First Ave. was also less tight musically than they had been last time. I'm in a band and I know it's hard to get an audience warmed up when it's still light outside, so I have to give them credit. They got people up to the front of the stage right away and the kids were moving and having fun. This band writes some good pop-punk songs and if they had only been as tight as they were in the last round, they would have definitely been in a position to win.

The Tires were great. They put on a fun show and they write amazing country songs. The thing is, all their songs are about tires so you'd think their act would be gimmicky. But they only use tires as a metaphor for other situations that anyone can relate to. With only a 25-minute set instead of a full half-hour, they had less chance to play slower, stretched-out country ballads and stuck mostly to faster, upbeat songs. I liked them even better tonight than I had last time. I wish they had a CD for sale.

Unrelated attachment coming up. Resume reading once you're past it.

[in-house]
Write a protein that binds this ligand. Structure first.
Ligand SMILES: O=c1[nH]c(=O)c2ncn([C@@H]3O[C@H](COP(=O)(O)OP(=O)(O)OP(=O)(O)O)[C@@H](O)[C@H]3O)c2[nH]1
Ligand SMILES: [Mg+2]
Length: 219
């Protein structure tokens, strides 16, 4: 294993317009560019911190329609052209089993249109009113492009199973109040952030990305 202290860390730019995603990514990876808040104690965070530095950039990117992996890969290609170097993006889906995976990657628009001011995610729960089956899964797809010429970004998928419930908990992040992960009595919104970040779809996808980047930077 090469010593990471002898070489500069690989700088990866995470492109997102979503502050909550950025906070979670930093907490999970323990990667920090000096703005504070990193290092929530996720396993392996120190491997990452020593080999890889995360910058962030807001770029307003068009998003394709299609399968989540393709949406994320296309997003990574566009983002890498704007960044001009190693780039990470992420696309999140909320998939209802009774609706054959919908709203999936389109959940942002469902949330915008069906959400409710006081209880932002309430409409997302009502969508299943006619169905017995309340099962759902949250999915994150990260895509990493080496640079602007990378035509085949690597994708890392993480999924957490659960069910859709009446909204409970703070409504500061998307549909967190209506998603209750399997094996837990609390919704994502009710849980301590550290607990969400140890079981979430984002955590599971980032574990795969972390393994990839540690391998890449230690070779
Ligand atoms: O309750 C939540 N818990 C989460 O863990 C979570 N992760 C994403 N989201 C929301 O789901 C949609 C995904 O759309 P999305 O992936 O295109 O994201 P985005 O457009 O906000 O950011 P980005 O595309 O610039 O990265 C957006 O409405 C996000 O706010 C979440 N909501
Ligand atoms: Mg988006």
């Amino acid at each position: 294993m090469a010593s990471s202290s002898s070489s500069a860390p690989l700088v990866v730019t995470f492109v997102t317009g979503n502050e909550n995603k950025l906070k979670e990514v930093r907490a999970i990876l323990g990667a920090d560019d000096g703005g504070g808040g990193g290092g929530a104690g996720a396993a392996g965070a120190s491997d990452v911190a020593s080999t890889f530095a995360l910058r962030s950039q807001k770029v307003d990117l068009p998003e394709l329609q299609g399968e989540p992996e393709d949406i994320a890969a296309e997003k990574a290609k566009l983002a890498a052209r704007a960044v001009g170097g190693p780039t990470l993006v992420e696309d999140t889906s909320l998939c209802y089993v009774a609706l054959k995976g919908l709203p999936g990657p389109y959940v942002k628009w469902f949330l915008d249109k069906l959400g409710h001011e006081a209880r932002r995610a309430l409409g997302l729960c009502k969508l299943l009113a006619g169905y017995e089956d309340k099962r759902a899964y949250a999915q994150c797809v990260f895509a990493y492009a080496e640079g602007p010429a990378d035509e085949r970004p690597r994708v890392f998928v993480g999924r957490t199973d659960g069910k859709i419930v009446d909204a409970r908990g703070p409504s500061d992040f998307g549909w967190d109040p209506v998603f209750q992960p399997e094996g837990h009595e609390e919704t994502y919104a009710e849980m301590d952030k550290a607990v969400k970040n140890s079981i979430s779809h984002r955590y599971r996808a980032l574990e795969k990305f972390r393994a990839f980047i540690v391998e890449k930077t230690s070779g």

Brittle Sails are a good band, but they aren't my cup of tea. Both nights I enjoyed the first song of their set, but after that the numbers all sounded the same. The singer has a falsetto style that's charming at first, but loses my attention mid-set. Some of the other judges really liked them and they got a good response from the crowd.

When Gravity Sings wasn't at all like I remembered them. They have a very original sound and seemed to switch it up a lot more Saturday night than they did in Round 5. One of the most important things to me in a band is that they are memorable in some way. If they don't have something to offer that catches your attention, they really aren't worth a second listen. This band writes catchy songs filled with hooks you can't get out of your head. Fun set.

The Queen-Killing Kings were the clear favorite with all the judges after the preliminary rounds were done. They put on such a great set in the first round that I didn't think they could top it. Somehow they managed to. The songs are genuine and the pianist's voice is warm and emotional. The two-piece, drum and piano combination added to the originality. The best part of their set was the last song, a piano ballad with no drums. The singer -- with just piano and voice -- delivered such a strong closing moment I got goose bumps.

Aurora was one of the youngest bands in the Battle. In the last round, their style was rock with a funk influence, but at the finals most of the songs were straight pop punk. I'm not sure, but I think they might have changed a member or two. I liked their set. They were having a lot of fun and that energy really rubbed off on the audience.